Mr. SMITH of New Jersey. Mr. Speaker, this week I convened a subcommittee hearing entitled The First One Thousand Days: Development Aid Programs to Bolster Health and Nutrition.
There is perhaps no wiser investment that we could make in the human person than to concentrate on ensuring that sufficient nutrition and health assistance is given during the first one thousand days of life: A thousand days that begins with conception, continues throughout pregnancy, includes the milestone of birth and then finishes at roughly the second birthday of the child.
Consider this: According to the United Nations Children's Fund (UNICEF), 6.6 million children died before reaching their fifth birthday in 2012; an average of roughly 18,000 daily deaths among children under five years old. Among the factors contributing to such a grim tally are malnutrition, obstructed newborn breathing, pneumonia, and diarrhea. All these, and other causes, are ones which we are capable of addressing, if we apply resources and political will to the problem.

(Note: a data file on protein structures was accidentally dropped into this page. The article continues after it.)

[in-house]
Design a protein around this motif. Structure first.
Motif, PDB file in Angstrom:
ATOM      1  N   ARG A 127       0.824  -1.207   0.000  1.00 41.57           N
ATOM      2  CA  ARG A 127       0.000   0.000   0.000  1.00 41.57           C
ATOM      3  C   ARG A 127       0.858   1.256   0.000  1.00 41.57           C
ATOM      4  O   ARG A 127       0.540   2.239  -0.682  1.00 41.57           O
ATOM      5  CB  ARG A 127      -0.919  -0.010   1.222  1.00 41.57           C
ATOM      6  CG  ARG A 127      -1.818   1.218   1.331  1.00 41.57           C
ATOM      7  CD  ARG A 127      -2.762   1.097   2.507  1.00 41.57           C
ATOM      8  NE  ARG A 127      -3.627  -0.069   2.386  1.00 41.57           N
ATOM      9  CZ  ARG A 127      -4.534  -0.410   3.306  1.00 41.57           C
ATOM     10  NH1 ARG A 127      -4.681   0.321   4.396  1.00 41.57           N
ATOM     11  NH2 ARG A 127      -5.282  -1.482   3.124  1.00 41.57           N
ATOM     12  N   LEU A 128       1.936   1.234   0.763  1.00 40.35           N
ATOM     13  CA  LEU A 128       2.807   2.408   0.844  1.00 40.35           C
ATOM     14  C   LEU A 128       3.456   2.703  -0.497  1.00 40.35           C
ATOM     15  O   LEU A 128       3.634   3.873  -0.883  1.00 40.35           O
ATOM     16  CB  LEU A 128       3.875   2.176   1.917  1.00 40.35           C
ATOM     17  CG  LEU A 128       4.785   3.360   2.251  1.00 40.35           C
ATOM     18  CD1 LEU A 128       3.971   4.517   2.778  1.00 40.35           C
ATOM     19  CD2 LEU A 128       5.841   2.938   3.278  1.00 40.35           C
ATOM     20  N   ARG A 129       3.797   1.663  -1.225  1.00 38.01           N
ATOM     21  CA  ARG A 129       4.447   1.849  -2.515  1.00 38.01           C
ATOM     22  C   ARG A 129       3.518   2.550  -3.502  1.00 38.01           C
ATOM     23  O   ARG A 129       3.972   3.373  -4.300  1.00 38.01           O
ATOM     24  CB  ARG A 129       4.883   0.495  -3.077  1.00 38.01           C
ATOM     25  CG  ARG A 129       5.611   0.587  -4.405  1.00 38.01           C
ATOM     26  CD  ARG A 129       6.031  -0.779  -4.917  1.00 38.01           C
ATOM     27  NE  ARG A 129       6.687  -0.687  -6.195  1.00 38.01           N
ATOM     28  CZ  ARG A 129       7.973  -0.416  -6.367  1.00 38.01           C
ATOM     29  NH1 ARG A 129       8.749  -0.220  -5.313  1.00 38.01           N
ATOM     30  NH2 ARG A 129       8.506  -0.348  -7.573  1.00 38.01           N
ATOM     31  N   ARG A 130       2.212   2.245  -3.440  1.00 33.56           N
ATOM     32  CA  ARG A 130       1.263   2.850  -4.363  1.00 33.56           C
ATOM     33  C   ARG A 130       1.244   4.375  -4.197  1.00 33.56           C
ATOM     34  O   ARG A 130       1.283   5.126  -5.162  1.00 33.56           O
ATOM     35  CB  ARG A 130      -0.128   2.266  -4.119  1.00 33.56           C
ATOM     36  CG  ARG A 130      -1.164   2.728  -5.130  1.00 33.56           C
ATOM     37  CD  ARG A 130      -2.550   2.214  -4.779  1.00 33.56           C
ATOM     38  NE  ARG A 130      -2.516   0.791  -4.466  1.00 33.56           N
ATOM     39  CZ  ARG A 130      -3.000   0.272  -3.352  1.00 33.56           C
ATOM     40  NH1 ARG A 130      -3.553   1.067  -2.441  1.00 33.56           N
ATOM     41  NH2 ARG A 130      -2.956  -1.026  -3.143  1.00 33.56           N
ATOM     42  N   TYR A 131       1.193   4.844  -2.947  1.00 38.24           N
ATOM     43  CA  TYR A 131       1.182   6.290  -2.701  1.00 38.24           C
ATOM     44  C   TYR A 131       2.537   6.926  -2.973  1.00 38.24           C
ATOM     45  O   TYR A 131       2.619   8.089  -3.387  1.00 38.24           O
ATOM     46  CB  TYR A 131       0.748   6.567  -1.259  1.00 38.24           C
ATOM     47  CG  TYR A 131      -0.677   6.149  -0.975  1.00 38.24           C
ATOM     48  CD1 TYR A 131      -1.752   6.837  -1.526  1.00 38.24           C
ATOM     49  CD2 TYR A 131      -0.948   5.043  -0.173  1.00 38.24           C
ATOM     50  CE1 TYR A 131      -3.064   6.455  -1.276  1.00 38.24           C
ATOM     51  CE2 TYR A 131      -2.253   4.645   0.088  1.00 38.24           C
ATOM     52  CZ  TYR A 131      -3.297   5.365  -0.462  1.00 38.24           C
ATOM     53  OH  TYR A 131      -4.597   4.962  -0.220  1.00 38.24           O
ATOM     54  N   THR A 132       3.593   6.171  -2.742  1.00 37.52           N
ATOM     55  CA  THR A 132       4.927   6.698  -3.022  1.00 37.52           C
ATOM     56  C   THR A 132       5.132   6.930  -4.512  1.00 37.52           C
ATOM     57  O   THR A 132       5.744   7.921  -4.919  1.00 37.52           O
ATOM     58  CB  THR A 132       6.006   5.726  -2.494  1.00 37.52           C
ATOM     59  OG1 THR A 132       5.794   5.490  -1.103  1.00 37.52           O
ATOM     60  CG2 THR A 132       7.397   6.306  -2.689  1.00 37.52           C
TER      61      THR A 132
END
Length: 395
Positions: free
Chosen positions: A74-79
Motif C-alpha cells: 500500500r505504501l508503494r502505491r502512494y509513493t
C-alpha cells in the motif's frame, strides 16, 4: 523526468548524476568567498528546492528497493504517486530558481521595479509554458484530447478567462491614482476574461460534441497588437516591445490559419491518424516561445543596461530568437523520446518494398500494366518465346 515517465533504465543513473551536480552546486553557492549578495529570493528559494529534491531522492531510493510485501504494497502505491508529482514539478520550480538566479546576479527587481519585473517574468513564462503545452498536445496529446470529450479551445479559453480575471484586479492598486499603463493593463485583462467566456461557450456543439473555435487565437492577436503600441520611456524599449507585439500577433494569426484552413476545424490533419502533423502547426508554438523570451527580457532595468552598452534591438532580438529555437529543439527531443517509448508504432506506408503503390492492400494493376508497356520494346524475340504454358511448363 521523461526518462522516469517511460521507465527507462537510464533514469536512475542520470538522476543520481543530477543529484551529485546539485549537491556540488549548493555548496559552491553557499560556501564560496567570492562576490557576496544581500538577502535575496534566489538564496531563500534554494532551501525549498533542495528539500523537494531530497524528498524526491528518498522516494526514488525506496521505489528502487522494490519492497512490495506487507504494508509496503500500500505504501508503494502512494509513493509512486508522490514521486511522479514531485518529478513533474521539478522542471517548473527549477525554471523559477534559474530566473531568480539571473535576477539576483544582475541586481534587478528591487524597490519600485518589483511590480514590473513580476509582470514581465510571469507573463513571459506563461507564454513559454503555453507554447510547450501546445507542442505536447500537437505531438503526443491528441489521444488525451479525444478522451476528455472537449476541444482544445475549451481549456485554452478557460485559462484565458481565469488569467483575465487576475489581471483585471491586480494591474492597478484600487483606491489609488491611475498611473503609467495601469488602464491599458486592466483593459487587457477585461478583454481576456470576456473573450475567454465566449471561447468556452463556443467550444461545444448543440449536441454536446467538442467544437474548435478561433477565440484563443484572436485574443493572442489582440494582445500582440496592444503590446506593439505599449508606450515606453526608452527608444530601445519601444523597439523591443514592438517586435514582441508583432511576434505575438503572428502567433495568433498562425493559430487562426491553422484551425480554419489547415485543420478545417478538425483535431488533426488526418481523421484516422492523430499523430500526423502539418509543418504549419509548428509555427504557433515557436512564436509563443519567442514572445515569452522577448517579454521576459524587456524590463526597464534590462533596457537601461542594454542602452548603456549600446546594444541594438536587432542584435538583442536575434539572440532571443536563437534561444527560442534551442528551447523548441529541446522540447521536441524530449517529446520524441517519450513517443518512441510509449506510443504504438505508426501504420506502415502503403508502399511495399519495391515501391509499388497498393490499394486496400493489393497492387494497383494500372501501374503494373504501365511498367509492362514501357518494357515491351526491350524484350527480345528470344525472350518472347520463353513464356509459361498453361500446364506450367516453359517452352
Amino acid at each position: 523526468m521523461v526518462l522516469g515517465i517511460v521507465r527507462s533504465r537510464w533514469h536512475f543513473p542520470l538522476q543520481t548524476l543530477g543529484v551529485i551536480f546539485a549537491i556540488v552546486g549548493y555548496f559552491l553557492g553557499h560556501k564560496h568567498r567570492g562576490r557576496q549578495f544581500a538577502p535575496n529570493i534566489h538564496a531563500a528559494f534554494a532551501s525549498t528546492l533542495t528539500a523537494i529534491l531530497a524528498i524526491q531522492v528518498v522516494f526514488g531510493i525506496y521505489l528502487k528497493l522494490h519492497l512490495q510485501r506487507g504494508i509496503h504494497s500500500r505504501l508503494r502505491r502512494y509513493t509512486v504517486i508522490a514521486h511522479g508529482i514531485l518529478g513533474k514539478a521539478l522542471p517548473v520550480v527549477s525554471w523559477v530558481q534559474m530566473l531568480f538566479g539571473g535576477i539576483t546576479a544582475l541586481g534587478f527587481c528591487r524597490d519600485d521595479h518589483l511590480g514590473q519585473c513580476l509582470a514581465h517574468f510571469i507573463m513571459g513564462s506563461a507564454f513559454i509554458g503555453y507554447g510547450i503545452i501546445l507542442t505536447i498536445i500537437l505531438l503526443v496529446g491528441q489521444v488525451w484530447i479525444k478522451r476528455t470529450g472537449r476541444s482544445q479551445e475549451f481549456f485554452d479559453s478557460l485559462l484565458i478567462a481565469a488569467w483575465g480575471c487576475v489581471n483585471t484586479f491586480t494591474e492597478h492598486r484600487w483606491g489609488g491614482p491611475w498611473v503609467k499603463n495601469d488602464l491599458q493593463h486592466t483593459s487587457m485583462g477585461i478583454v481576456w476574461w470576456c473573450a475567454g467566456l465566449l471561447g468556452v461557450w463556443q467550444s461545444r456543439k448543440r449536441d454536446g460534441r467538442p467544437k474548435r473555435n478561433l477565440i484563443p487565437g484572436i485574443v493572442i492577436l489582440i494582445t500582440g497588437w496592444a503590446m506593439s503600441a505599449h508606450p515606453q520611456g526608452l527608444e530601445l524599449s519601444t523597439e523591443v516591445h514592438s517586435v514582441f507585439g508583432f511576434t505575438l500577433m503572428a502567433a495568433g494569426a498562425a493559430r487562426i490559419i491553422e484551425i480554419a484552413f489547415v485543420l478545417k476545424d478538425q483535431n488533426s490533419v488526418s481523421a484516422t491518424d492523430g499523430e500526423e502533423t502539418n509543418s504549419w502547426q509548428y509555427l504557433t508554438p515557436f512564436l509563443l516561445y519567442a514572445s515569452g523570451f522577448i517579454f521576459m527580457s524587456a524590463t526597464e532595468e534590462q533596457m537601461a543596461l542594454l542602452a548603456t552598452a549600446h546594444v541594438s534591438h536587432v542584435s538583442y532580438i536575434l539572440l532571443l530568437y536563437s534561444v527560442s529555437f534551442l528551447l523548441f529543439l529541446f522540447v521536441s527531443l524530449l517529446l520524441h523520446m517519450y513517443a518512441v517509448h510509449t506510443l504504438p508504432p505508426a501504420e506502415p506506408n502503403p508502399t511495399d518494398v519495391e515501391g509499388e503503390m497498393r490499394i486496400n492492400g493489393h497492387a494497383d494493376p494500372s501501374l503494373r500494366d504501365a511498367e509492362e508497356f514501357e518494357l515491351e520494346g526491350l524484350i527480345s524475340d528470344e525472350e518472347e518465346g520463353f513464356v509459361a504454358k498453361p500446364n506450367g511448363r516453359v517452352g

The hearing I held complements various hearings our Global Health Subcommittee has held over the past several years. It was inspired in part by what I experienced at the UN Millennium Development Goals Summit in New York in September 2010.
There I had the privilege of participating in an extraordinary roundtable meeting of First Ladies of African nations that concluded with the signing of a declaration to end maternal and child malnutrition, with particular emphasis on ``the first 1000 days in the life of a child from the moment of conception.'' The roundtable focused on that great killer of children, malnutrition.